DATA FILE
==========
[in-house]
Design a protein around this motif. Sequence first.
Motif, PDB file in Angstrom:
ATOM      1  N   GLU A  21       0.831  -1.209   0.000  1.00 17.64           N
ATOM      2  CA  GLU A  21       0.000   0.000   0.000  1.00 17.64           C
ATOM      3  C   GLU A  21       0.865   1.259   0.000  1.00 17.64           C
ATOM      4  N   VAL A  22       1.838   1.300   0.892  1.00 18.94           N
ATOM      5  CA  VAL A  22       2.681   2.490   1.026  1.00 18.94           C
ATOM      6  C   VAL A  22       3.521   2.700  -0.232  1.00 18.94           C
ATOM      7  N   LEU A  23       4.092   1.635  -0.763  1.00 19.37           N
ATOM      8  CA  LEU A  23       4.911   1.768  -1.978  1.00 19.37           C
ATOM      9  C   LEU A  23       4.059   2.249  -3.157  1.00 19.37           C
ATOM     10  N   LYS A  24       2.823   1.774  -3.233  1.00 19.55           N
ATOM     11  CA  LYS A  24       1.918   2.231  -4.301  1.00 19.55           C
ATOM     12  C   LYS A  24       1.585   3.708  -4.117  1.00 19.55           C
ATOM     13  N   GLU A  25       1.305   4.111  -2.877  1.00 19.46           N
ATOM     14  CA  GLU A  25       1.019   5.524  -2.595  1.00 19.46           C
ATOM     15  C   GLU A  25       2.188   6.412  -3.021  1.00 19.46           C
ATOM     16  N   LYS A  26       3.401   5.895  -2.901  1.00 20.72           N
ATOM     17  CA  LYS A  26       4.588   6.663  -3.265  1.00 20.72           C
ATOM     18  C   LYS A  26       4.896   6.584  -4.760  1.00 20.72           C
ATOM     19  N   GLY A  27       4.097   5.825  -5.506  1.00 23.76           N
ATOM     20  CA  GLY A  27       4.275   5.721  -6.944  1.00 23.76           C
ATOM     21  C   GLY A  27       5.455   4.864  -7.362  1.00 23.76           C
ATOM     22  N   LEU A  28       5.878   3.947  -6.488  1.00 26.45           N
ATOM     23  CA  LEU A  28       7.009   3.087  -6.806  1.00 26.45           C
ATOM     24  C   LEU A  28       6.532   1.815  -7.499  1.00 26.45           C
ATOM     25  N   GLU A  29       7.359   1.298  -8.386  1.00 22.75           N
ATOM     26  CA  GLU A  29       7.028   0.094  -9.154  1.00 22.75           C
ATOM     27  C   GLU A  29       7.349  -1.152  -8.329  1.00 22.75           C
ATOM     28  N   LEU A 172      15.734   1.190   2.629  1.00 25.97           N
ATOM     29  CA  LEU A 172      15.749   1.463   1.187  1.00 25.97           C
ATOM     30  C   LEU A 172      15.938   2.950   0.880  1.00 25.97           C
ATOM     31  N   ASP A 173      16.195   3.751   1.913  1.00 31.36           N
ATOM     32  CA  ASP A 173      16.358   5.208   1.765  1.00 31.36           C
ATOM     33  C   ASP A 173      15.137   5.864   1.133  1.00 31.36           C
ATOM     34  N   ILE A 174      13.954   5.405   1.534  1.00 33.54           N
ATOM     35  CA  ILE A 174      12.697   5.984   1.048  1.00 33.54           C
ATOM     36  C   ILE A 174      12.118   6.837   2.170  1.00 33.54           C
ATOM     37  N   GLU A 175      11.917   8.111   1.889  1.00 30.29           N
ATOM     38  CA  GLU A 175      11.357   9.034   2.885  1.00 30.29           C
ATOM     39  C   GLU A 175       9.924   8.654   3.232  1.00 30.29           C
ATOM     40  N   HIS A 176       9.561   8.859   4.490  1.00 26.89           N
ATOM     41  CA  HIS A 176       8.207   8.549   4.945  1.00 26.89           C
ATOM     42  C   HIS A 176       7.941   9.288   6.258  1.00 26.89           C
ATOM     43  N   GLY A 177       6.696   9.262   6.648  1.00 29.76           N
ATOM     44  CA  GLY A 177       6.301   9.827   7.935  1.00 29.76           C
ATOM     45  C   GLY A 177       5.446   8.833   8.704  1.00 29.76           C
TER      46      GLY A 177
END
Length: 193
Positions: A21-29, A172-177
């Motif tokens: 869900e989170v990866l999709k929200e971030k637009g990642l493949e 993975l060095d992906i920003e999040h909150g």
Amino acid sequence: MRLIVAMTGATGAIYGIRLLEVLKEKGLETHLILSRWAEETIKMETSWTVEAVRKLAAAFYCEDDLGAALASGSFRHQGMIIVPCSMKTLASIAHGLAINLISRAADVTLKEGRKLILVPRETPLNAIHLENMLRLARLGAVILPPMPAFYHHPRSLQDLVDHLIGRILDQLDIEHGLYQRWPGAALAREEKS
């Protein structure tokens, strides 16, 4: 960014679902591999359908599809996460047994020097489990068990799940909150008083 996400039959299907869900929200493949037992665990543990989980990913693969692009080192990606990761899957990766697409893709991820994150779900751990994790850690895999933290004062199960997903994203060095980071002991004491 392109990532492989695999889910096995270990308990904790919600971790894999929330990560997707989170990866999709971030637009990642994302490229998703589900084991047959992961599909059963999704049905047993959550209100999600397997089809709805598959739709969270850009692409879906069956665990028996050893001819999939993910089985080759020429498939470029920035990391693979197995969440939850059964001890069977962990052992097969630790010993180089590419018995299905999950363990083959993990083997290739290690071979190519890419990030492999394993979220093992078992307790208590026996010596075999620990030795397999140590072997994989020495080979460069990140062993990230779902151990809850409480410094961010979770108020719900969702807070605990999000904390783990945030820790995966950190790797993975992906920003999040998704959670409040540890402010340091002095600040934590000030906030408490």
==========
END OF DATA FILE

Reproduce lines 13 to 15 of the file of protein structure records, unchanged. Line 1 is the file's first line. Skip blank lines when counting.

ATOM     10  N   LYS A  24       2.823   1.774  -3.233  1.00 19.55           N
ATOM     11  CA  LYS A  24       1.918   2.231  -4.301  1.00 19.55           C
ATOM     12  C   LYS A  24       1.585   3.708  -4.117  1.00 19.55           C